What exactly is vitamin D?
Vitamin D is uniquely known as the sunshine vitamin. It’s one of the two vitamins that can actually be produced by our bodies. Our body produces vitamin D every time we are exposed to sunlight, and it can also be consumed in food or supplements.
Why is Vitamin D important for our bodies?
Vitamin D is essential for our bodies for numerous reasons: It helps maintain healthy bones and teeth. It supports our immune system and nervous system. It promotes our cardiovascular health, brain and lung function. Studies have shown that sun exposure on your bare skin 2-3 times per week for 5-10 minutes would be sufficient for most people to produce the amount of Vitamin D their bodies need. Yet, it’s important to note that vitamin D tends to break down quickly, therefore, additional intake from either food or supplements would help ensure you always have enough vitamin D in your body.
The recommended intake of Vitamin D according to the U.S. Institutes of Medicine (IOM) is provided below. Vitamin D can be measured in micrograms (mcg) and International Units (IU). One microgram of vitamin D is equal to 40 IU of vitamin D.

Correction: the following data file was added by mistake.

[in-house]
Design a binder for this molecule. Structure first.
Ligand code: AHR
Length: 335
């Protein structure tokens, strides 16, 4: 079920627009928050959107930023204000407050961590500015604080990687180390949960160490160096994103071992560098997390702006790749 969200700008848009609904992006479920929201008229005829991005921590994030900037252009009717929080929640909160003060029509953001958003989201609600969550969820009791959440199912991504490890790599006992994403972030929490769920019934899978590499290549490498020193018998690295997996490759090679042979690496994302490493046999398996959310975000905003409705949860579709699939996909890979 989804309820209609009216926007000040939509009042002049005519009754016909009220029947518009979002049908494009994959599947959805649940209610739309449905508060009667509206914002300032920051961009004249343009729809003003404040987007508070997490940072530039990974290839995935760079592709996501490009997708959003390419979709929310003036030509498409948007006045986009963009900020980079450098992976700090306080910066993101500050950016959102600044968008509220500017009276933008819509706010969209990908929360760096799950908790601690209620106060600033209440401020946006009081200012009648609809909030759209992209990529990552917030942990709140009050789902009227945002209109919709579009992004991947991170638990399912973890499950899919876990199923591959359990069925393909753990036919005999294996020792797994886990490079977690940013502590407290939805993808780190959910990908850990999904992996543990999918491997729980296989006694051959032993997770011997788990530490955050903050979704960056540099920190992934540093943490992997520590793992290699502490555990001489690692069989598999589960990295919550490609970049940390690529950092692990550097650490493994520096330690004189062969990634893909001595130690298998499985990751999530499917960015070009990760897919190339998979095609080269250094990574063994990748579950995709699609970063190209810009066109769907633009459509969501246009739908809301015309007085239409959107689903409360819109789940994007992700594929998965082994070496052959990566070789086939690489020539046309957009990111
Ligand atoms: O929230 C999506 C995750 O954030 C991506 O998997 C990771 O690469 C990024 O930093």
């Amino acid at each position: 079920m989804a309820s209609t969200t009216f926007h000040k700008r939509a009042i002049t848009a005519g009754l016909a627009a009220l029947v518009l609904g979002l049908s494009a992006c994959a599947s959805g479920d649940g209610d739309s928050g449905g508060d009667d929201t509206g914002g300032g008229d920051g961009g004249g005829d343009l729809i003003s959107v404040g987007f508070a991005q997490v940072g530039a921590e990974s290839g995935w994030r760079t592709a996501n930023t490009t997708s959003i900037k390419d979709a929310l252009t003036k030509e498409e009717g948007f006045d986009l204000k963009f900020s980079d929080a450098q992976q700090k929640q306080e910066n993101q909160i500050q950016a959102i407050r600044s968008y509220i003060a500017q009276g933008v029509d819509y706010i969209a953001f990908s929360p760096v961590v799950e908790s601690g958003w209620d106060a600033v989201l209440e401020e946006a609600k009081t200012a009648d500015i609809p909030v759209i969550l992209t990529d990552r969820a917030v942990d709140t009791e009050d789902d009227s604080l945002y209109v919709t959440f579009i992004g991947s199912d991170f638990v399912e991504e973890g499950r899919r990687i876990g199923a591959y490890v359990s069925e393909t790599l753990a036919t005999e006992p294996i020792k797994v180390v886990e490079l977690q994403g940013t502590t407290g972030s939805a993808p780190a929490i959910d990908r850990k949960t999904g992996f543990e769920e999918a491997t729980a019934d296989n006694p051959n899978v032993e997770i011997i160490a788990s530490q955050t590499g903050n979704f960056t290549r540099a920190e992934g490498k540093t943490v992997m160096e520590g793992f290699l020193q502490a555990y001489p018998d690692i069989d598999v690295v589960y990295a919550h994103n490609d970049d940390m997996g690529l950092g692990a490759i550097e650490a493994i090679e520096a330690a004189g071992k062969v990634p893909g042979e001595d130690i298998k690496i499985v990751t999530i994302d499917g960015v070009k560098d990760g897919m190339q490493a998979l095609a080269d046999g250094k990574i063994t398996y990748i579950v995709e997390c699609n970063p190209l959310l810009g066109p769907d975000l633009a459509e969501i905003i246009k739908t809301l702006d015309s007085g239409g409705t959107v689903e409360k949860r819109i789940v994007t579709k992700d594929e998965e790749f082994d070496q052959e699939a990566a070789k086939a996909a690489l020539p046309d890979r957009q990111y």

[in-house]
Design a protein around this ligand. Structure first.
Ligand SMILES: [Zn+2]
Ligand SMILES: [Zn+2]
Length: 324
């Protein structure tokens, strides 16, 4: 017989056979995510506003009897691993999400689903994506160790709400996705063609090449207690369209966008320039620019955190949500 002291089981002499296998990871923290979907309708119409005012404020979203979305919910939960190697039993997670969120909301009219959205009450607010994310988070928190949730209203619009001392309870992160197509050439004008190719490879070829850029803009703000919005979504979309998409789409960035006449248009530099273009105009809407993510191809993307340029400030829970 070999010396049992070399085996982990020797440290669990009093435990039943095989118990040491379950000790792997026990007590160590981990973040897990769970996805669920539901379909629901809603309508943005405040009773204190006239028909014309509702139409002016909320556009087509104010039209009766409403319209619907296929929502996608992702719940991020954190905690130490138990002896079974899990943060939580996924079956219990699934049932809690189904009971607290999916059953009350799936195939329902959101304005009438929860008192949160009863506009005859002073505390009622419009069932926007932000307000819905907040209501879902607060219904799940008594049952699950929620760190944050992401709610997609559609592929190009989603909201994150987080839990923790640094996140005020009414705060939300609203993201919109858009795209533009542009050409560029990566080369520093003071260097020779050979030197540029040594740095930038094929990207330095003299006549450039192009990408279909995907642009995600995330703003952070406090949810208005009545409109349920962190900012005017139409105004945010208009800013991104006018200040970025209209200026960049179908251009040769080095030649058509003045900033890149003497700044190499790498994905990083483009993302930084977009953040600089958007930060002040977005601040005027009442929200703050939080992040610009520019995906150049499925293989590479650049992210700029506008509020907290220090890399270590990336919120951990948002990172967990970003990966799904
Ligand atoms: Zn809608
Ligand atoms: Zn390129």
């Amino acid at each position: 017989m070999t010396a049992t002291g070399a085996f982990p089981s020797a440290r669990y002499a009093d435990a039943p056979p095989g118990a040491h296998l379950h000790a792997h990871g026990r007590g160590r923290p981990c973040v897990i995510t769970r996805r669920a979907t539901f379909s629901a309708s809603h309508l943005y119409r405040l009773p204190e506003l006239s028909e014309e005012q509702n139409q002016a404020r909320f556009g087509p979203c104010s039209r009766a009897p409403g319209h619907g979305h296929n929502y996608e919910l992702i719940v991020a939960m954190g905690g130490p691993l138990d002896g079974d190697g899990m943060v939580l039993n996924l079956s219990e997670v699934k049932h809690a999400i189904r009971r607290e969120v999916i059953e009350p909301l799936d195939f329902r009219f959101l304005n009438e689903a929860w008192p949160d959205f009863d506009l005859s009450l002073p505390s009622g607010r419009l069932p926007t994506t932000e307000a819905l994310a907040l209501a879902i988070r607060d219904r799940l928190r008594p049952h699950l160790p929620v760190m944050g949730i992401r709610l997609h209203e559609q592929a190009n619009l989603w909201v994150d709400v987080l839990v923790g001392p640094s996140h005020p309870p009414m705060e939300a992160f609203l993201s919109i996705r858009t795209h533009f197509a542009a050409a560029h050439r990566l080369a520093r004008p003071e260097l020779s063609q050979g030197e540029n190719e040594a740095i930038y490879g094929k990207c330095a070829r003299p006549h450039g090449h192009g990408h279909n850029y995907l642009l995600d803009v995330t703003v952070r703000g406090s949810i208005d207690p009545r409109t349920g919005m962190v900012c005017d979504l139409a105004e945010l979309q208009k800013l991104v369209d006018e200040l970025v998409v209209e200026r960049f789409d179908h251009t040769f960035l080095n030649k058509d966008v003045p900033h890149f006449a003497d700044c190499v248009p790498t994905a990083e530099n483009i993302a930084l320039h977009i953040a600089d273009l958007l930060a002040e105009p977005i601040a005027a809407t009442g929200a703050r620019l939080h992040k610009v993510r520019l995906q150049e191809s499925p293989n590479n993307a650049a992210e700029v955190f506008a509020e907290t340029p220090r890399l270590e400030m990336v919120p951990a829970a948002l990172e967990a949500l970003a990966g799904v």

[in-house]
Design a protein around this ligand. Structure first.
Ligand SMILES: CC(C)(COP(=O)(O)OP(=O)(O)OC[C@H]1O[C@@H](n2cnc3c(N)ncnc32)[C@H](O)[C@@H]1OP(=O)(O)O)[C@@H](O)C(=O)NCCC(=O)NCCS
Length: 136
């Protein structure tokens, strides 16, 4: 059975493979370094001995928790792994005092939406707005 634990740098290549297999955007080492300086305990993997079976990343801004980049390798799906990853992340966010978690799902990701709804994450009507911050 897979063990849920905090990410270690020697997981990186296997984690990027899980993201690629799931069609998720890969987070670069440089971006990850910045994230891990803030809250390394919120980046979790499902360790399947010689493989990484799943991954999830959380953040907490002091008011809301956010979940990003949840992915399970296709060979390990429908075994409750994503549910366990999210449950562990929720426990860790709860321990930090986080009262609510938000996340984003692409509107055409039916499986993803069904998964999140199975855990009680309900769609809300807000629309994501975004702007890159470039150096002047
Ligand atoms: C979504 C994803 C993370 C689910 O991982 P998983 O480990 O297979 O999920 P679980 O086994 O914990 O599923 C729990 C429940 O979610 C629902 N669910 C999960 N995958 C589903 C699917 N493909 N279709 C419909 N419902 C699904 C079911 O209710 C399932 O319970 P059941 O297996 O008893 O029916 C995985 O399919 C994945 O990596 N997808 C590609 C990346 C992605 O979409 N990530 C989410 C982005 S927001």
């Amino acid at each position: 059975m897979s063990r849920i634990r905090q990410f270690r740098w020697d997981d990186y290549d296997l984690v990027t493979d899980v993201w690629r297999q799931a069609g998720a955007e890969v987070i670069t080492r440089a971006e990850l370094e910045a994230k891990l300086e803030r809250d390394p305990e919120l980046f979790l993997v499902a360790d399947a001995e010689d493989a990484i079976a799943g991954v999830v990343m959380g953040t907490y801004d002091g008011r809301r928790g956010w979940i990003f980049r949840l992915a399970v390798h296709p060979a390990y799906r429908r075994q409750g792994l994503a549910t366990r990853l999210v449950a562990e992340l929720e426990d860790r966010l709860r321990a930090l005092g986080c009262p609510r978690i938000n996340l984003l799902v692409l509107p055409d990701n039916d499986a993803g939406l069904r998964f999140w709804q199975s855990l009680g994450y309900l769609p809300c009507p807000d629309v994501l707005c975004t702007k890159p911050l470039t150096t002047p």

Infants 0-12 months – 400 IU (10 mcg).
Children 1-18 years – 600 IU (15 mcg).
Adults to age 70 – 600 IU (15 mcg).
Adults over 70 – 800 IU (20 mcg).
Pregnant or lactating women – 600 IU (15 mcg).
Why as we get older, are we prone to have Vitamin D deficiency?
When we are kids we tend to be exposed to the sun more often, either during school recess, or playing in the park playground or simply outside in our backyards just being a kid and exploring. Therefore, the likelihood that we have Vitamin D deficiency as kids is rare. As adults, our lifestyle tends to change mainly with work and the amount of time we spend out in the sun decreases drastically. Especially if you are living the working-class life, meaning you wake up early, get to work early in the morning and leave work when the sun is going down. This lifestyle prevents you from getting the right amount of sun exposure to produce the necessary amount of Vitamin D that your body needs. If this sounds like your situation, then of course the best alternative would be to take a supplement of Vitamin D or consume foods that can also provide you with Vitamin D.
How do you know if you have Vitamin D Deficiency?
The following symptoms are signs that can help you determine if you are not getting enough Vitamin D. Noticing that you get sick or infected more often. Pain in your bones or back, muscle pain, hair loss, depressed mood, fatigue, and impaired wound healing. Vitamin D deficiency can eventually result in chronic fatigue syndrome, fibromyalgia, depression, diabetes, obesity, osteoporosis and even Alzheimer’s disease.